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Belfast blossoms


Driven precast pile production topped 1,000m/day on Belfast's Odssey project.

Belfast's £90M Odyssey project is the first major development on the east side of the River Lagan and is seen as a catalyst for further investment.

The project, which includes a £45M grant from the Millennium Commission, will provide a leisure, retail and science centre, Imax cinema, a multi- screen cinema complex and an indoor arena for ice hockey and rock concerts.

Ground conditions provided one of the main challenges to the project team. The site, on reclaimed land at Queens Quay and the adjacent Abercorn Basin, was once part of the Harland & Wolff shipyard.

Most of Belfast is underlain by soft alluvial deposits (known locally as Sleech) overlying boulder clay with dense sand at depth, but the Odyssey site has 5m of Sleech over a 5m to 6m thick sand layer on top of the boulder clay.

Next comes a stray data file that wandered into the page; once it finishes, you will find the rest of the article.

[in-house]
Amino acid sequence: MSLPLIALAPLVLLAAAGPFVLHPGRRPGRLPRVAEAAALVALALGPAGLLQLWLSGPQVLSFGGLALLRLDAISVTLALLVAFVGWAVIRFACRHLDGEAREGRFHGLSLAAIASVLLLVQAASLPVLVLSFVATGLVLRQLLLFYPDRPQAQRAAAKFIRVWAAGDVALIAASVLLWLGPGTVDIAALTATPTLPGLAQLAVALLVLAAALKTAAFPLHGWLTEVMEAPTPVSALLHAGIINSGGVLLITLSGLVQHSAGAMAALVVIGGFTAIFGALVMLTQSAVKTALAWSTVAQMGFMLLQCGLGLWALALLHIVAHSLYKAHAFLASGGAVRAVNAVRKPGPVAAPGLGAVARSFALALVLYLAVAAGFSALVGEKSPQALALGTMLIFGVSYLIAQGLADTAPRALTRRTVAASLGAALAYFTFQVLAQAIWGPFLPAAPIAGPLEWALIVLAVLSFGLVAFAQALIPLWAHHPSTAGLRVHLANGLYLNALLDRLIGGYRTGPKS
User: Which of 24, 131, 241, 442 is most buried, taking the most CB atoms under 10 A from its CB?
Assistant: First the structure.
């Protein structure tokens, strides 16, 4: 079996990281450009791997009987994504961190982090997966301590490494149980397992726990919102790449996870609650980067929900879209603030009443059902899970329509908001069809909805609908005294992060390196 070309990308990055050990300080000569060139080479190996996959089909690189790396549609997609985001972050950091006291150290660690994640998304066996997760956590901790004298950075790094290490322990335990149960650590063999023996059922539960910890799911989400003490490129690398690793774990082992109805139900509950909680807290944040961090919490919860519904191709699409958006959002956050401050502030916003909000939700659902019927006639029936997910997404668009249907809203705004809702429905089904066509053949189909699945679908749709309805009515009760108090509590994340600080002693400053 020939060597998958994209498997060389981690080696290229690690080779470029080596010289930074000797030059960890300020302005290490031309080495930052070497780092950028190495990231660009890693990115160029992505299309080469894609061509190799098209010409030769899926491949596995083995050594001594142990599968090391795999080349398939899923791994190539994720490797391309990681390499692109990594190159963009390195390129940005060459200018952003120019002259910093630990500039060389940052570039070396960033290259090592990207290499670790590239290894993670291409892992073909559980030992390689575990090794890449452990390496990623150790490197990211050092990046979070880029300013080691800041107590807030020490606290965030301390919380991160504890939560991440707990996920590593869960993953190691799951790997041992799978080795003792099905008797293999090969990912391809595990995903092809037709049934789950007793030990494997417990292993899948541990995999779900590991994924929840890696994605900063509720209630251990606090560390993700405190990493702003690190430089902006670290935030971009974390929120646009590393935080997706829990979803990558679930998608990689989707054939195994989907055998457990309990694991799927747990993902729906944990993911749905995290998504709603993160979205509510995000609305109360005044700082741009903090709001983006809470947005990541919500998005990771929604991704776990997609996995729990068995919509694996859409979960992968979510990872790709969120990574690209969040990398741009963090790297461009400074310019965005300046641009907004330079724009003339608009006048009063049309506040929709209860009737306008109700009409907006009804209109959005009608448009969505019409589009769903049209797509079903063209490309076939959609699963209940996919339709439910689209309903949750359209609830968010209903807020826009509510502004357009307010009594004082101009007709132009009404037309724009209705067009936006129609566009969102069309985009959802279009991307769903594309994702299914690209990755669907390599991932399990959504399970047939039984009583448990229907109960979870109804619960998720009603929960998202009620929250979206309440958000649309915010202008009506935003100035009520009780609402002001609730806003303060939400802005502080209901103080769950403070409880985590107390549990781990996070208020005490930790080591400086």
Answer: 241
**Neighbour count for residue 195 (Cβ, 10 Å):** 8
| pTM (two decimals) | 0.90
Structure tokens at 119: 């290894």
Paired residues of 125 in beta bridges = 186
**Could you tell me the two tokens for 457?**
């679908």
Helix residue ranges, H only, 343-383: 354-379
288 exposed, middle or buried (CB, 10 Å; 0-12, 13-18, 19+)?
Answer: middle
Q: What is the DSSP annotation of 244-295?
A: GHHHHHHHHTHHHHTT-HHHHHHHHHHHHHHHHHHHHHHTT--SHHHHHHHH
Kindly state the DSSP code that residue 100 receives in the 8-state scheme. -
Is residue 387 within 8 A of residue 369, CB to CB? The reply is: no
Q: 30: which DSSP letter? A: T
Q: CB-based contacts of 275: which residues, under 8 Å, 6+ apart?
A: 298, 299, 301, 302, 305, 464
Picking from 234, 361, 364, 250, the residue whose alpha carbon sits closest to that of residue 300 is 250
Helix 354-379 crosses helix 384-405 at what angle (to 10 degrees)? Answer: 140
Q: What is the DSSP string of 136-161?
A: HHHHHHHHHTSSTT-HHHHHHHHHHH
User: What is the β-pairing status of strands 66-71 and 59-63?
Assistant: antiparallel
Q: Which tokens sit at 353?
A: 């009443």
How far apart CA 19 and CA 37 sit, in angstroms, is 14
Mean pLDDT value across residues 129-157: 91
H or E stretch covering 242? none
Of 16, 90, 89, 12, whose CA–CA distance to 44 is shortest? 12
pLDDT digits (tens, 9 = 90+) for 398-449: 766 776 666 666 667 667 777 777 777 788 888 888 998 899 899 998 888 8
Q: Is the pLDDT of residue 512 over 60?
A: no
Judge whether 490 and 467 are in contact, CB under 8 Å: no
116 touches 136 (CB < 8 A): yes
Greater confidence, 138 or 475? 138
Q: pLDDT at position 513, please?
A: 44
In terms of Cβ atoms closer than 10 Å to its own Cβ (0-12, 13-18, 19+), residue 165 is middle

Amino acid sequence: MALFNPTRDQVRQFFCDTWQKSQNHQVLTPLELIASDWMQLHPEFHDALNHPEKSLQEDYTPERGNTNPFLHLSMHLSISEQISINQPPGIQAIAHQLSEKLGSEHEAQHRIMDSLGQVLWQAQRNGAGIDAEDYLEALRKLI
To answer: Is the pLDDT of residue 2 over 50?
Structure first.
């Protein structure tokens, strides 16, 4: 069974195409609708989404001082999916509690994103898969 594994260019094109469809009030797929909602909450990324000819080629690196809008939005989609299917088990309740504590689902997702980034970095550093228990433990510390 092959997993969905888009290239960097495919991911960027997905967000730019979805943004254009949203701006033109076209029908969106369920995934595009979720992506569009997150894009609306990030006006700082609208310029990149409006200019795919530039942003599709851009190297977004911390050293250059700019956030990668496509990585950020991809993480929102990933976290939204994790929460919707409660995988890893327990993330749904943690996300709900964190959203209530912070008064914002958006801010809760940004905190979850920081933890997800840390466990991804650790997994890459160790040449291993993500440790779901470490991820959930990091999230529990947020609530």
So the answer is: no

Density of the upper sand was found to vary so much that piles could not be founded in the layer with complete confidence. After discussions with consultants Kirk McClure and Oscar Faber, it was decided to drive through the upper sand and into the dense sand layers below the clay.

Piling contractor Bullivant installed 2,475 precast concrete piles (about 55,000m) at the end of 1998 as part of a £1.2M contract for main joint venture contractors Farrans Construction and Gilbert Ash NJ.

The 300mm square precast concrete piles, between 18m and 24m long, were installed by three of Bullivant's hydraulic drop hammer rigs. Piles were either single or in groups, generally of three to five, sometimes up to 12. Some of the grouped piles needed predrilling up to 12m through the upper sand, although the first two or three could usually just be driven.

The piles were made from 3m, 4m and 6m long precast segments connected by epoxy bonded joints. Bullivant established a new factory in County Armagh, which proved more cost effective than shipping from the company's Drakelow base in Staffordshire. Up to 1,000m of piles were delivered to site every day to keep up with the three rigs, with piling rate peaking at 4,500m a week.

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